Chipmunks Eating Ripe Tomatoes?


We grew beautiful tomatoes this year only to have them ruined by chipmunks. If anyone has any ideas for stopping this, please let me know. - Betty


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September 6, 20050 found this helpful
Best Answer

One thing you could try is to set out some shallow pans of water for the chipmunks to drink. Sometimes when animals start eating our juicy veggies, it's to get the water content because they are thirsty, and not because they are hungry. It's certainly worth a try.

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By proudtobecheap (Guest Post)
September 10, 20050 found this helpful
Best Answer

We had the same problem with squirrels this summer leaving us with maybe 2 tomatoes a week. I bought 2 sage plants and put them in the space between my plants. Guess what! We not only didn't have squirrel problems any more, but the bugs didn't like the sage either. This left us with more tomatoes than we could handle, so I tossed a few to the side for the squirrels.


Otter, FL

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By Anonymous, NY (Guest Post)
September 4, 20050 found this helpful

These rodents are smart. Given time, they'll find a way to get to their desired target. As with birds, it's best to vary your approach every so often to keep the rodents off balance. An good exclusion trick is to place a baffle on fruit tree trunks or bird feeder poles. New "squirrel-proof" feeders appear frequently in catalogs -- they may feature counter-weighted or electrified perches that surprise the critters when they visit the feeder. Some gardeners have had success spraying animal repellents such as cayenne pepper mix, predator urine, mothballs, and commercial formulas on or around plants. Others have had short-term success using ultrasonic noisemakers or setting up separate squirrel-feeding stations to lure them away from the garden. Trapping is the surest way to remove problem rodents. Live traps are very effective for particularly pesky squirrels or chipmunks. However, don't expect to control a whole population with trapping -- there are always more squirrels and chipmunks waiting to move in.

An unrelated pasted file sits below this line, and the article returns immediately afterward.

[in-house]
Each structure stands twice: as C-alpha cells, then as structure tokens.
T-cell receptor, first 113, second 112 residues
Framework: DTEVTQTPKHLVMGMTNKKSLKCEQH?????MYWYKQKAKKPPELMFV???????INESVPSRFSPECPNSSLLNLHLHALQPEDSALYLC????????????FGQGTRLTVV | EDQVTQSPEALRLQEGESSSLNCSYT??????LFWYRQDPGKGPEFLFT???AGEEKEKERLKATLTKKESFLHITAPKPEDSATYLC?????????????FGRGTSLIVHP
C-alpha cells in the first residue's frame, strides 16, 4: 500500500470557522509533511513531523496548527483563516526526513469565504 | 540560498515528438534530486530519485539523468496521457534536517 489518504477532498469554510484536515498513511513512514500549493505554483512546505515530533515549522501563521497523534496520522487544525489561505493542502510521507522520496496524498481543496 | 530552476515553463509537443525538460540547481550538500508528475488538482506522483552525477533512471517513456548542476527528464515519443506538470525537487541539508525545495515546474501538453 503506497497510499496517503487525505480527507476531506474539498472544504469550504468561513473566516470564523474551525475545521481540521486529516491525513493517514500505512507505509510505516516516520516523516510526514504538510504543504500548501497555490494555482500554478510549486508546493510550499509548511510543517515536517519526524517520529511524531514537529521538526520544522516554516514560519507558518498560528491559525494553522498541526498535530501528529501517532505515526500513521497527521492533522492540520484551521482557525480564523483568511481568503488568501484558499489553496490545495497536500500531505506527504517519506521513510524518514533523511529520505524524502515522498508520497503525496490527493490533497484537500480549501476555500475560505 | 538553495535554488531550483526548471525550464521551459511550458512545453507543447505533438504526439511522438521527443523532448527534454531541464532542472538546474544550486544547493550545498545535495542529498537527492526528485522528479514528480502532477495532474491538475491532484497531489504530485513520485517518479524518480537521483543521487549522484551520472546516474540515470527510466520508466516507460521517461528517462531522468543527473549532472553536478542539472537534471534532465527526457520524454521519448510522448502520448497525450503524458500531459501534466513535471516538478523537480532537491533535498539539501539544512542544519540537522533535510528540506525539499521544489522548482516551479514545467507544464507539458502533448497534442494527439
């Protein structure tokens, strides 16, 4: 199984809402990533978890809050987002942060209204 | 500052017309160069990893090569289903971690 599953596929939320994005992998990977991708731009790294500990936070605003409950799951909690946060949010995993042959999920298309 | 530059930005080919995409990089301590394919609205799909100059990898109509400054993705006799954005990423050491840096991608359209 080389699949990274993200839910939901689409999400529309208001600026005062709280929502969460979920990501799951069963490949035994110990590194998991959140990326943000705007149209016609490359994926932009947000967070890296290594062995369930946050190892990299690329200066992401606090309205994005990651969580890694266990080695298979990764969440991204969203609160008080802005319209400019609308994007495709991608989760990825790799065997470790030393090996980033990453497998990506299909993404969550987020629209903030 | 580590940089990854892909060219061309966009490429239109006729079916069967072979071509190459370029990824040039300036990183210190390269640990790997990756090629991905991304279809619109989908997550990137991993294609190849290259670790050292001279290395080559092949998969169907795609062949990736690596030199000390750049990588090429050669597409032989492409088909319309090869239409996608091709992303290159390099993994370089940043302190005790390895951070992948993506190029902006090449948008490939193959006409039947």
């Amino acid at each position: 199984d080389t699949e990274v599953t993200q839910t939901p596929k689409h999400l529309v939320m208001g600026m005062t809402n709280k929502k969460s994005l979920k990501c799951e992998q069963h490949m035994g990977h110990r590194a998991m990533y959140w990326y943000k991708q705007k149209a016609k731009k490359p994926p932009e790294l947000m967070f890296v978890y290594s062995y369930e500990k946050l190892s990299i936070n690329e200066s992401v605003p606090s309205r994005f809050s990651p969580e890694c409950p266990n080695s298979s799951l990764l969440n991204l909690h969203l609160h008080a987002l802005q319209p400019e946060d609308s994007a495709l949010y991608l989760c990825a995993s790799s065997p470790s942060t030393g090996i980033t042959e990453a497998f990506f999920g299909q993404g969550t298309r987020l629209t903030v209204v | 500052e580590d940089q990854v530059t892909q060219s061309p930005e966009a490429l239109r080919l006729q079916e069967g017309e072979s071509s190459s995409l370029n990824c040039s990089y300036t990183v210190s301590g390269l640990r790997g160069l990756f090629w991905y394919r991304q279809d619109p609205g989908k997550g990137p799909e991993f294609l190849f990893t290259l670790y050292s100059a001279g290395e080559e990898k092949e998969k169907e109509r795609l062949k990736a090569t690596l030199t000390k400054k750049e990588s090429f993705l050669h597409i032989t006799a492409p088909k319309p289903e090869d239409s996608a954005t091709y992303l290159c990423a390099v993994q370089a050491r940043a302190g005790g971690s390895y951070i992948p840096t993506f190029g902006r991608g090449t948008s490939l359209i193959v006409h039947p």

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By Nancy. (Guest Post)
August 15, 20060 found this helpful

How disheartening this year to have a bumper crop of tomatoes, only to reach down and pick one and find that they've been eaten! I put netting over my plants and caught a chipmunk in the netting, but let him go. But at least I know who the culprit is.


I sprayed some smelly stuff that has Coyote urine in it (my neighbor got it at Home Depot) and I sprinkled some other pest-away stuff that had garlic in it. I also put out a sticky trap and notice that the traps are turned over - but no dead chipmunks. I really don't want to kill them, but I think they are so smart, they sense danger and since I put the traps in the garden two days ago, no more tomatoes have been chewed into.

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June 2, 20080 found this helpful

Someone suggested to me to scare away squirrels etc to buy a fake rubber snake and place it near your plants...

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July 9, 20130 found this helpful

I tried using aluminum pie pans upside down...worked as long as you get it good and tight around the stalk and stake. But then I remembered we had a mouse problem in my parents' house. My Dad found out that steel wool bothers their noses and keeps them out of places you can find where they have access.


So I tried the steel wool last year around the lowest problem with mice or chipmunks. Got all of my tomatoes for US!!! You just have to watch, because the steel wool does rust and deteriorate. Needs to be replaced when it gets too badly rusted.

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